My name is Caryn Dawson and I am a rising senior at Iowa State University. I am studying Global resource systems and horticulture along with minors in animal science and Spanish. I chose this combination because as I have learned about agriculture in the US and abroad, I learned the important connections between these 4 areas of study. Global resource systems is the study of the way the world uses its limited resources to create sustainable systems. I paired this major with horticulture as a technical area so that I could gain knowledge about various plants and plant systems to be able to understand and grasp the variety of horticultural crops of importance in the developed and developing world. I also made the connection there are many direct relationships between plant and animal science, for example, crops being grown for animal feed and animal manure being used for fertilizer for crops.
My diverse interests have taken me many places that have contributed to my knowledge of how the world works as a system. Places like Argentina, where I spent a year as a youth exchange student. There, I learned Spanish and took liberty to learn about agricultural systems such as tea and cattle production. Brazil, where I was exposed to the unique culture and the impact that this country has on the global economy and trade markets as an up and coming BRIC country. Italy, where I worked closely with Food and Agriculture Organization of the UN (FAO) mentors to research up and coming issues in agriculture such as cultured meat and the implications of a transition to a plant-based diet. Each experience abroad has helped shaped me into the global citizen that I strive to be to be able to help farmers and agricultural producers maintain efficiency and improve management methods.
Tea production in Argentina
Iowa State University team project with the FAO in Rome
Although I am studying some different areas, one thing I am interested in is how they connect, how they take part of a greater system. The Henry’s Fork Foundation has provided an opportunity for me to explore just that, an in a new part of the country that I had never been. By creating an internship as part of the farms and fish program, my internship description allows me to research irrigation technology and how it relates to water conservation.
The project that I am working on this summer is focused on exploring the hypothesis that Lower Elevation Sprinkler Application (LESA) irrigation system conserves more water through reduction of wind drift and evaporation due to a nozzle that is lower to the ground than a conventional pivot whose nozzles are about 3-4 feet above the crop foliage. This project is of important use to the snake river basin area as management and water use for irrigation is the single largest factor determining trout abundance and aquatic ecosystem function.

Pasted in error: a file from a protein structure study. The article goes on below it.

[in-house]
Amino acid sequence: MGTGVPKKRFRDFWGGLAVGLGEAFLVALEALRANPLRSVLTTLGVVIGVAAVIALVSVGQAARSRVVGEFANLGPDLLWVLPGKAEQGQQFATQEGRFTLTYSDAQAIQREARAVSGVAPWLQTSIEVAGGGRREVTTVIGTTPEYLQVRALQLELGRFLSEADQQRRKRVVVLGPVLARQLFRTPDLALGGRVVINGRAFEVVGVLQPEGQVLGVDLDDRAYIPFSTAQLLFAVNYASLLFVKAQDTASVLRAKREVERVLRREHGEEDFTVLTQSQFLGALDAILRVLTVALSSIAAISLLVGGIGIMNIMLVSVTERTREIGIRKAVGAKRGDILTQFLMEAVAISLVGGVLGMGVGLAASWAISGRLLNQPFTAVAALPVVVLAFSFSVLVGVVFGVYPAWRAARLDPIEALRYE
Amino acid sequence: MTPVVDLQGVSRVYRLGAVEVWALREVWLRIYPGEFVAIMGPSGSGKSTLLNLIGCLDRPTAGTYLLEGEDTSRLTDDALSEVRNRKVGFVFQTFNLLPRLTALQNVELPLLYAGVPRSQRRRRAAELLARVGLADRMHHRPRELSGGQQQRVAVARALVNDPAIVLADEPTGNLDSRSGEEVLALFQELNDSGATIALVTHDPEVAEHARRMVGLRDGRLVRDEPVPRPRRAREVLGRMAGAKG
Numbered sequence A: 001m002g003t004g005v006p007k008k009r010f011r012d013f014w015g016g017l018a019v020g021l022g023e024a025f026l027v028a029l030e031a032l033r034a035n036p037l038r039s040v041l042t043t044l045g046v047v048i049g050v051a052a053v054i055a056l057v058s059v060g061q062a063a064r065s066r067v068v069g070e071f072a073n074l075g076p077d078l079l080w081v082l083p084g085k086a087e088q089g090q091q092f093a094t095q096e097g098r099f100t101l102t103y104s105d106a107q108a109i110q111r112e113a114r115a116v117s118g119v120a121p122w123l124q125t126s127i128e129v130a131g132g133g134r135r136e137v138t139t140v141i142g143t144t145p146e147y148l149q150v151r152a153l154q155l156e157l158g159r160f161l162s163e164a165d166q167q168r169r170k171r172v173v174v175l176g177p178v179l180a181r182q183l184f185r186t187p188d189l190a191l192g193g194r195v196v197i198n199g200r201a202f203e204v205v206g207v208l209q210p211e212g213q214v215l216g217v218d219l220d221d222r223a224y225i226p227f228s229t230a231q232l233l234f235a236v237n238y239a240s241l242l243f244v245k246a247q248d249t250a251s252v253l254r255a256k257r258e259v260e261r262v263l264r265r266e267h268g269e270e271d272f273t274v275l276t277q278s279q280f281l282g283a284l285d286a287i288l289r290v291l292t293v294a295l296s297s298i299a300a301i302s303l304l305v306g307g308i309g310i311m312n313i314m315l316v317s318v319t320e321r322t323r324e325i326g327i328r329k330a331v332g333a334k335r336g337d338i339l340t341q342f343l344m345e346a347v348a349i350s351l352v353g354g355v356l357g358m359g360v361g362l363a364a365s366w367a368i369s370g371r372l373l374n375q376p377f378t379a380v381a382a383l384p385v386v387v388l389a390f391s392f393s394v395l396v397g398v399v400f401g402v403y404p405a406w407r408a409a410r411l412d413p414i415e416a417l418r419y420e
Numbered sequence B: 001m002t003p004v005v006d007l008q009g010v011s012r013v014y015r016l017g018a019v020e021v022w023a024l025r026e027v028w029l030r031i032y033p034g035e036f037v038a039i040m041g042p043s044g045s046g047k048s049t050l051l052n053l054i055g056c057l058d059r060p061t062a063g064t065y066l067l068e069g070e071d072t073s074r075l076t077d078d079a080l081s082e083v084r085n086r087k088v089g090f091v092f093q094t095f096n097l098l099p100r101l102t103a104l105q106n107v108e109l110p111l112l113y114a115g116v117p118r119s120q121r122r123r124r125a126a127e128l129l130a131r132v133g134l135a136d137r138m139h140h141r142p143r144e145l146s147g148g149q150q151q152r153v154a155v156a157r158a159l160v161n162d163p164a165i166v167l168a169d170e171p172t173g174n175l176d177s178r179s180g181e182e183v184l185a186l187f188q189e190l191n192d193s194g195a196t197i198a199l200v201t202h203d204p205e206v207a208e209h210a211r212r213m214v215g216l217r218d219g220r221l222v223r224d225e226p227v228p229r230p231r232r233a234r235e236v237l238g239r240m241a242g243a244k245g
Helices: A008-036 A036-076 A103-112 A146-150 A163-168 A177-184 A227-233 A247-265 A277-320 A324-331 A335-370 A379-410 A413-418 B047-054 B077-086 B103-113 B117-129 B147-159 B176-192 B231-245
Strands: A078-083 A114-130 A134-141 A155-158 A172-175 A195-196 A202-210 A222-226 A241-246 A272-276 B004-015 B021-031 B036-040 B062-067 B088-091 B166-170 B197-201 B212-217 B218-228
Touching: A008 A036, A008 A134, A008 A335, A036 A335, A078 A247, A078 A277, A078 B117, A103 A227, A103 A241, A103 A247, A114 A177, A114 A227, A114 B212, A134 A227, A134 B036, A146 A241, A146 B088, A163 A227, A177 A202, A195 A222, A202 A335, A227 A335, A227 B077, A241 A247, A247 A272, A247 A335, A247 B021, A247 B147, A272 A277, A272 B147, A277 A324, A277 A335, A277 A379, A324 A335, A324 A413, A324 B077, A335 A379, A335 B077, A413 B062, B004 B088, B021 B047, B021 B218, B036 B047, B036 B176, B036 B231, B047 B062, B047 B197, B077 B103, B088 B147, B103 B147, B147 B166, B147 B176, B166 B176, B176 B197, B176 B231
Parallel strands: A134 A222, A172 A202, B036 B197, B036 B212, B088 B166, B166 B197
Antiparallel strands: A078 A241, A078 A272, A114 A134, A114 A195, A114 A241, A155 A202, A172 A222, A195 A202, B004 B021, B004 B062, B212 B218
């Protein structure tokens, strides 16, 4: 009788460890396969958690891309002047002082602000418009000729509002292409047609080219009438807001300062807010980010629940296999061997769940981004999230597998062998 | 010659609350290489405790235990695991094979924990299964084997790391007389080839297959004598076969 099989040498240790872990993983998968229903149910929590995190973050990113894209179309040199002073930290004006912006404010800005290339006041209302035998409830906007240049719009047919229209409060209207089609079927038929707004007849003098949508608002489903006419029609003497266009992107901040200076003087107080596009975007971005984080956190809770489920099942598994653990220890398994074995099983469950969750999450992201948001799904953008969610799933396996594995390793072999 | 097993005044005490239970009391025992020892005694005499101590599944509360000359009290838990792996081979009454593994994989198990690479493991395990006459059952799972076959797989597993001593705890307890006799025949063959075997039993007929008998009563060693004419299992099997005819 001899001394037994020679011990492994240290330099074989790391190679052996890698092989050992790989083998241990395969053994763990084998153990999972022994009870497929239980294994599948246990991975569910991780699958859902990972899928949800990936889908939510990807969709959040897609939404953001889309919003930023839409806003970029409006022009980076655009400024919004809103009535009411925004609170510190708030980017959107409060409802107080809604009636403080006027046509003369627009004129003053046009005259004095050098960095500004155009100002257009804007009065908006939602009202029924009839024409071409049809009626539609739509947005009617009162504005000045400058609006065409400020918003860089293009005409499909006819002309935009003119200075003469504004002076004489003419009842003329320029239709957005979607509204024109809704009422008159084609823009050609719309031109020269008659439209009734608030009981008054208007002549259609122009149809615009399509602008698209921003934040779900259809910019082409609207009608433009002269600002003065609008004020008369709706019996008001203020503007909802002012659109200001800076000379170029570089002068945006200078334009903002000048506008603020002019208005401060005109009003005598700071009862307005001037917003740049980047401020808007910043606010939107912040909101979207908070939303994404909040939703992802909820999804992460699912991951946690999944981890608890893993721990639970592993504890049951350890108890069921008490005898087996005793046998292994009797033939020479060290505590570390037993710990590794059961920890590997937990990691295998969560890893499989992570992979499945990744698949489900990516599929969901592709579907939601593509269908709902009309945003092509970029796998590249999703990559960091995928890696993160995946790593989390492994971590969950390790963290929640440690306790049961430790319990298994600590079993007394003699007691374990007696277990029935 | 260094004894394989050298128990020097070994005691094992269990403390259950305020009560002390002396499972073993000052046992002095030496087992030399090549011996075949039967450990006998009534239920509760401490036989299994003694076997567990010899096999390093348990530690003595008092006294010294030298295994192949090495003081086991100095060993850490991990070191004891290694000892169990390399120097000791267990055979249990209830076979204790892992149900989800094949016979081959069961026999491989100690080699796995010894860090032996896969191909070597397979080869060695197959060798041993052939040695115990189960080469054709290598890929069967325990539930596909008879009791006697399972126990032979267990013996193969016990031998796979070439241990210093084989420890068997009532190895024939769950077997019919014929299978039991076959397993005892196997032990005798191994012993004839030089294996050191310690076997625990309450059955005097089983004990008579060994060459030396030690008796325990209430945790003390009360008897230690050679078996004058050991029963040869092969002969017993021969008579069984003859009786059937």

LESA irrigation pivot at my field site
Living in this area so far this summer I have learned many things about Ashton, the surrounding areas, Idaho and the west as a whole. Specifically, to the Ashton area, I have learned that fly fishing and agriculture are very important for Idaho’s economy, therefore there must be a balance between maintaining fish habitats and irrigation demand for agriculture.
How did I end up in Idaho you may ask? Well, as an undergraduate, summer vacation is valuable time to begin to apply and practice what I am learning in the classroom. I am a hands-on learner and so this time is even more valuable for me to really understand how to apply my knowledge and learn how real organizations and companies work. For me, it is important to do something different every chance I get to I continue to push myself out of my comfort zone because that is how I learn best. So, I said “this summer I must go west!” Through speaking with classmates and professors, I came across this internship with the Henrys Fork Foundation as an Ag and Irrigation intern and I was ecstatic. I had learned about the importance of water as one of our most valuable natural resources in many of my classes and thought what better way to learn about water management and its relationship with agriculture.
I am looking forward to exploring this beautiful part of the country, learning its culture and livelihoods that support its people. I hope to spend weekends hiking and camping in the mountains, learning how to fly fish and exploring all around me.